Reporting to Bright Lights Film Journal from the 2003 New York Film Festival, Megan Ratner details Bellocchio's claustrophobic mise en scène: "Bellocchio conveys the fear and suspicion of the cell members hiding out in an apartment purportedly inhabited by Chiara and her husband, who are as much prisoners as their hostage." Armond White, amplifies the description by stating the apartment "allows Bellocchio to pursue this political story as an intimate, domestic one. The close-quarters metaphor puts the tragedy into the home, creating an aura of perverse personal involvement and sinister accountability. It's a grave spinoff from Godard's La Chinoise about French Maoists practicing radicalism in a cell."

In her write-up for The Guardian, Sophie Arie positions the film's events "against the background of today's 'war on terror' " and implies that—within this context—"Moro's fate acquires a whole new significance." She continues, "The language of the terrorists who are willing to die for their cause is uncannily similar to that of today's Islamist terrorists. The enemy—the capitalist, imperialist, Christian establishment—is in many ways unchanged. In 1978 as in 2004, a small group of fervent idealists create an atmosphere of terror far larger than themselves."

Salon's Andrew O'Hehir admits that American unfamiliarity with Italian politics makes Good Morning, Night somewhat opaque and inaccessible, though not insurmountable. He describes the film as "an expressionist portrait, blending archival news footage with naturalistic but enigmatic scenes and fanciful dream sequences" unconstrained by the actual history of the Moro kidnapping since, indeed, "as Bellocchio has pointed out, the actual history of the event is none too clear." O'Hehir writes that "Bellocchio is performing an act of something like Jungian therapy on his nation, unpacking the most traumatic event of its recent history as a concatenation of dream symbols, and also as an allegorical way of addressing the tortured state the Western world, beset by terrorists both real and imaginary, finds itself in today." Though he finds the movie "strange and murky" and at times "frustrating", he also "found it profoundly moving in a way no regular thriller ever is." Armond White likewise capitulates that Bellocchio is uninterested in creating "suspense" and, instead, "takes advantage of already-determined history to look deeper."

Both O'Hehir and White highlight the "babysitting" scene. "In a funny-scary early scene," O'Hehir writes, "a neighbor dashes by to drop off her baby for a couple of minutes; Chiara looks at the little creature with mingled fear and disgust, but it's the sort of routine favor no young Italian woman is supposed to refuse. She stashes the baby on the sofa, handling him as if he were a ticking bomb—and then her compadres come lurching through the room, carrying the former prime minister in a packing crate." Armond White asserts this scene confirms the film's greatness. Chiara's "ruse of domesticity gets tested" when she "answers her doorbell and has a neighbor's baby shoved at her. Although she's some kind of outlaw (soon to be revealed as a member of a radical political sect with nefarious plans), that's providence that is placed in her arms. Bellocchio's superb visual jest teases the future of Italy and of political activism even as it arouses Chiara's filial compassion, the part of her humanity (and her untested maternity) that she had put aside for the cause. All that, in one image, is great filmmaking." J. Hoberman adds that this scene exemplifies the film's "understated magic realism."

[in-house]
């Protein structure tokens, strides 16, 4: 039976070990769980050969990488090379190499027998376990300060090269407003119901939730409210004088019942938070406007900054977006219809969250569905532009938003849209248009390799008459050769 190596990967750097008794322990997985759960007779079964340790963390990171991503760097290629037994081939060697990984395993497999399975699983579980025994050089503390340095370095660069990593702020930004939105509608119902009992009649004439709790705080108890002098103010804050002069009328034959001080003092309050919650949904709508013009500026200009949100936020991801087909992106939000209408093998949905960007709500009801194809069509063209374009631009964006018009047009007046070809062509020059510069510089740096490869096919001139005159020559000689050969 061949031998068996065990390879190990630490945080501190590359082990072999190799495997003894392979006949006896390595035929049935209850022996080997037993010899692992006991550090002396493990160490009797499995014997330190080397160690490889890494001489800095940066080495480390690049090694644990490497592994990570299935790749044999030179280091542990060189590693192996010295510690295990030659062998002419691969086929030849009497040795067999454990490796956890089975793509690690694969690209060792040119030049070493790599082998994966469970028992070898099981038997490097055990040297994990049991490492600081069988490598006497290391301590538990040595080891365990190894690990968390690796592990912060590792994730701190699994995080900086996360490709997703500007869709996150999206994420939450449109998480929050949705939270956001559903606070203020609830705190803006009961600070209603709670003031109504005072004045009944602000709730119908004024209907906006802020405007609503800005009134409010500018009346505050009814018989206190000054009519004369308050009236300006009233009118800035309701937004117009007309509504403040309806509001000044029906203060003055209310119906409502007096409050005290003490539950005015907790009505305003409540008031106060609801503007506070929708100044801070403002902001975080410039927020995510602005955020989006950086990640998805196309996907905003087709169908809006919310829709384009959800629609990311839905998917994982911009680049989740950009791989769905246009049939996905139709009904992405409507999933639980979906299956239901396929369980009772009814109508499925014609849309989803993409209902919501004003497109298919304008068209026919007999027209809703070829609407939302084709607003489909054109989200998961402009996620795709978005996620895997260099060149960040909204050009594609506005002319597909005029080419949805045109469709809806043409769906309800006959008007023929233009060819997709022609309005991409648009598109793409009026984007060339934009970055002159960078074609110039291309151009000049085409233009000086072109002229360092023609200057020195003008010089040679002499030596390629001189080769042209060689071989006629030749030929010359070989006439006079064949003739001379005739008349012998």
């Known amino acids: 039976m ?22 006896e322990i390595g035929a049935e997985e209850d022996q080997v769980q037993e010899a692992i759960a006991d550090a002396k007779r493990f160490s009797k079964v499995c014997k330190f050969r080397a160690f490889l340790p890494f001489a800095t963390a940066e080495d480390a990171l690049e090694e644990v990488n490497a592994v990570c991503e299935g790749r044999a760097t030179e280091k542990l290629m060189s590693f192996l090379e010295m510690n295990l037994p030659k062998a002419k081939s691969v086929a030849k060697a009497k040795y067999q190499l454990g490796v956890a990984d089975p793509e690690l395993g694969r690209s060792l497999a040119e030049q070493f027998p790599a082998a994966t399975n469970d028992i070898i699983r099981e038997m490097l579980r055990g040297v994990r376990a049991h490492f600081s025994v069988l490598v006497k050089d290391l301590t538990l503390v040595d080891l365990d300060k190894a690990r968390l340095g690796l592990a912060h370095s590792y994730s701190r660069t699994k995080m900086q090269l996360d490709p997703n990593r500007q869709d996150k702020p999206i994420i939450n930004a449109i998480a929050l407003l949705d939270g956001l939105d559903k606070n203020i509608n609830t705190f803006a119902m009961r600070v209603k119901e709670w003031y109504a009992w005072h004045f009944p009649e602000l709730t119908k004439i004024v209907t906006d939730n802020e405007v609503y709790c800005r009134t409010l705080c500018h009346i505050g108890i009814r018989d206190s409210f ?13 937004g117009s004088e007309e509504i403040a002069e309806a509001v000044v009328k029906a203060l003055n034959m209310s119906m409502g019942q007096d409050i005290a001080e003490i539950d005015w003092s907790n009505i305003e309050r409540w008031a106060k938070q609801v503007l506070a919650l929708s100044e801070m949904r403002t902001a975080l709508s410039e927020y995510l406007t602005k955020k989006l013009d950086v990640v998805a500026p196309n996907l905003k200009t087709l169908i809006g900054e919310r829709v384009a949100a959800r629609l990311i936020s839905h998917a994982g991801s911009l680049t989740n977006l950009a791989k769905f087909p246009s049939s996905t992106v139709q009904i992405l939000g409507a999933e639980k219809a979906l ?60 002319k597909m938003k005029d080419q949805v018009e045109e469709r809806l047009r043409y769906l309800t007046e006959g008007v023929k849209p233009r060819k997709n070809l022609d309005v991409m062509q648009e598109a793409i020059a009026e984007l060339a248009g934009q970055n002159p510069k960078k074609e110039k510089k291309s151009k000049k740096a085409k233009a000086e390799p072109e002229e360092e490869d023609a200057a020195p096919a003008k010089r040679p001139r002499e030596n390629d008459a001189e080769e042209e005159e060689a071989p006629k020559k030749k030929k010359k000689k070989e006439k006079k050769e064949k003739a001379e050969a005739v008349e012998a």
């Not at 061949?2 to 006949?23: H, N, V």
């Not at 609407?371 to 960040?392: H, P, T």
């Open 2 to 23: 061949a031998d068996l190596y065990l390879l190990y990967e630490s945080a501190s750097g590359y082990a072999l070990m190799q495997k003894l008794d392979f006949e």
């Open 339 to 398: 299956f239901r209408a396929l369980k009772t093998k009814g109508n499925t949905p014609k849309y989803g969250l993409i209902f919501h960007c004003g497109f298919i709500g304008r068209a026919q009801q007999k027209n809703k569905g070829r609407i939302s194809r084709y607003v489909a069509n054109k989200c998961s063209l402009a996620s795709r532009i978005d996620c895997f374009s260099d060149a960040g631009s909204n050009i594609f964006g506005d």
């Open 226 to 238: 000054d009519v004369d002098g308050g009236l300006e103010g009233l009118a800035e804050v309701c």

White does a good job of comparing the backward glance of Bellocchio in Good Morning, Night with Bertolucci's backward glance in The Dreamers and praises Bellocchio's "extraordinary" attention to Chiara's dreams. "She has faded black-and-white visions of Russia's winter revolution (Lenin, Stalin). These include a remarkable documentary montage of actual political assassinations (ingeniously scored to The Dark Side of the Moon), reminding Chiara of the grim history she's about to join. Her only release from this political trap are these beautiful/horrifying dreams. Her male comrades play lethal real-life politics while she ponders the consequences. She secretly fantasizes conversing with Moro when the men sleep, as if making rapprochement with her father's underground legacy. The mix of news footage, dream and stylized drama is implicative and historical, amounting to a personally felt elegy. Good Morning, Night is full of simultaneous yearning and regret."

"Chiara's last dream," J. Hoberman writes, "is a near jaw-dropper—as though Bellocchio has imagined this cruel story through the wrong end of a telescope and staged it in a snow globe."

In her last dream Chiara configures an alternate outcome. Moro is seen escaping from captivity and walking free in morning light. In reality, Moro's bullet-ridden body was dumped on the Via Caetani, a quiet street in central Rome, midway between the Christian Democrat and Communist headquarters. The event was memorialized by a modest stone plaque embedded in the dark brick wall of a church.

Cross-published on Twitch.